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I'm trying to solve a complicated summation problem where there are two multiplication problems that both have $i$. I'm entirely lost. I would be thankful for any help.

How is it possible to possible to find the sum of this expression (with a proof)?

$$\sum_{i=1}^{n} i(2^i)$$

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You can evaluate this sum by rearranging the terms:

\begin{align*} \sum_{i=1}^n i(2^i) &= 2^1 + 2\cdot2^2 + 3\cdot 2^3 + \cdots + n\cdot 2^n\\ &= \sum_{i=1}^n 2^i + \sum_{i=2}^n 2^i + \sum_{i=3}^n 2^i +\cdots + 2^n\\ &= (2^{n+1} - 2^1) + (2^{n+1}-2^2) + (2^{n+1} - 2^3) + \cdots + (2^{n+1} - 2^n)\\ &= n2^{n+1} - \sum_{i=1}^n 2^i = n2^{n+1} - (2^{n+1} - 2) = (n-1)2^{n+1} + 2 \end{align*}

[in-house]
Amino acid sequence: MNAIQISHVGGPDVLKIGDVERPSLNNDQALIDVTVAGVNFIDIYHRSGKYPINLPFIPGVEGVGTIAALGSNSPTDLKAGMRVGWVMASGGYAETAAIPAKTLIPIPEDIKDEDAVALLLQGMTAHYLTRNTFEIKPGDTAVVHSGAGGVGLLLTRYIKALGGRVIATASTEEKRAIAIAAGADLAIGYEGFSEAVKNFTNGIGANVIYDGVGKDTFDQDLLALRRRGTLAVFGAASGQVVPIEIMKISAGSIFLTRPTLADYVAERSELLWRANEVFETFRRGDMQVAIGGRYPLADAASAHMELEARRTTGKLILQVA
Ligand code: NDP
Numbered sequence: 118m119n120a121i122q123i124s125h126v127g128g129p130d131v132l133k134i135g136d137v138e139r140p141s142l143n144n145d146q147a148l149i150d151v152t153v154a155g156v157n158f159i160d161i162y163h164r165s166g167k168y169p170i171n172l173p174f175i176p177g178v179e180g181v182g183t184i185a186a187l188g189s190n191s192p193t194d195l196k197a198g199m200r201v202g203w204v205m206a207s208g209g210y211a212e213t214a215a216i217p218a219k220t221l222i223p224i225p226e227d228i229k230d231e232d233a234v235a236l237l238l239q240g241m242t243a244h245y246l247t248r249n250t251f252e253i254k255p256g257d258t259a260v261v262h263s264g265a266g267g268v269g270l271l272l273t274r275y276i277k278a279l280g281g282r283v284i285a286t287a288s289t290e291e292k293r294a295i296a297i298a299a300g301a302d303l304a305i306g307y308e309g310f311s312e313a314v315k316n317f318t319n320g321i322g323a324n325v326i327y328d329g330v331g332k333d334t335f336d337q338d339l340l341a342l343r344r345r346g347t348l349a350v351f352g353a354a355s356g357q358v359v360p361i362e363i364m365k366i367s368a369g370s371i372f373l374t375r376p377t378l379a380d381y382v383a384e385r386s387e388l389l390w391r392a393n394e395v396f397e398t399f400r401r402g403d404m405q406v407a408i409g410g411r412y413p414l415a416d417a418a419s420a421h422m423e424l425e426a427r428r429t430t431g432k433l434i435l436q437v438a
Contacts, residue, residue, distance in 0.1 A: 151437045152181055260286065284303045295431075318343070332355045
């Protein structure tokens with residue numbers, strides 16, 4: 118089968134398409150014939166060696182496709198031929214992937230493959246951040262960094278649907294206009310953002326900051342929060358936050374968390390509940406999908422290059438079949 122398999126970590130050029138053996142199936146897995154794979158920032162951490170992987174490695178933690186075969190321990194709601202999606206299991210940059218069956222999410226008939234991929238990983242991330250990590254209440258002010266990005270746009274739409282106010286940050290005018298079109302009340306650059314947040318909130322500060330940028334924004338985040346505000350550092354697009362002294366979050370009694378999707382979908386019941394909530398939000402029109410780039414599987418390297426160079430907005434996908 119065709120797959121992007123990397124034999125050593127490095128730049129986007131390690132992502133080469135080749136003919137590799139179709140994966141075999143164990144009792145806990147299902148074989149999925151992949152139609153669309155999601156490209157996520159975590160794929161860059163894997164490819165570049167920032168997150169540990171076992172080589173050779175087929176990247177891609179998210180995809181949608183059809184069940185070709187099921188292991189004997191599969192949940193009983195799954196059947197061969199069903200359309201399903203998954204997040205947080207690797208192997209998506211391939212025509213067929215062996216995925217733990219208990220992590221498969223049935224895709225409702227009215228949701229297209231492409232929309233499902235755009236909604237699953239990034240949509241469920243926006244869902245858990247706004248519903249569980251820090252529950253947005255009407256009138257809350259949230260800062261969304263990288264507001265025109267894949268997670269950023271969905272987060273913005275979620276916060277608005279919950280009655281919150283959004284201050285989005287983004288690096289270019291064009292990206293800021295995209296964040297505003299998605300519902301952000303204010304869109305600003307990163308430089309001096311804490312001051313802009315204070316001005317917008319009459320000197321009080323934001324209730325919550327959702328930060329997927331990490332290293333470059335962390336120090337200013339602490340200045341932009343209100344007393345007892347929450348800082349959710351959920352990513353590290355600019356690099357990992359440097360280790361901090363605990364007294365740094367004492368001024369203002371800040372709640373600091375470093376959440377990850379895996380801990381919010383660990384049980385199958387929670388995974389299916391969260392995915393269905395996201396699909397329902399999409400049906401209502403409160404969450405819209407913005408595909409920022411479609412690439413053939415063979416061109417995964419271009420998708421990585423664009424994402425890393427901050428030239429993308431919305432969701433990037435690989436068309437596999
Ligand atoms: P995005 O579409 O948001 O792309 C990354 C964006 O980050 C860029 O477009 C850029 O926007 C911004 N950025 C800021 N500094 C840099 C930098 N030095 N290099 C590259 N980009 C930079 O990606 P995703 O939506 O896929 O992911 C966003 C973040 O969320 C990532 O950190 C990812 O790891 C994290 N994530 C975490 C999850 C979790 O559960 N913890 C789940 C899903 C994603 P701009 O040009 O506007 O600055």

If you participate in a lot of math competitions, this trick is a handy one to know.

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  • $\begingroup$ that is a very handy trick I would never had gotten. Thank you very much. $\endgroup$ – ik629 Feb 23 at 23:17
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Here is another approach, which yields a more general result. Start with the formula for the sum of a geometric series. $$\sum_{i=0}^n x^i = \frac{1-x^{n+1}}{1-x}$$ Differentiate with respect to $x$. $$\sum_{i=0}^n i x^{i-1} = \frac{n x^{n+1}-(n+1)x^n+1}{(1-x)^2}$$ Multiply by $x$. $$\sum_{i=1}^n i x^i =\sum_{i=0}^n i x^i = x \left( \frac{n x^{n+1}-(n+1)x^n+1}{(1-x)^2} \right)$$ Now take the special case $x=2$. $$\sum_{i=1}^n i 2^i = 2\;[n 2^{n+1}-(n+1)2^n+1]$$

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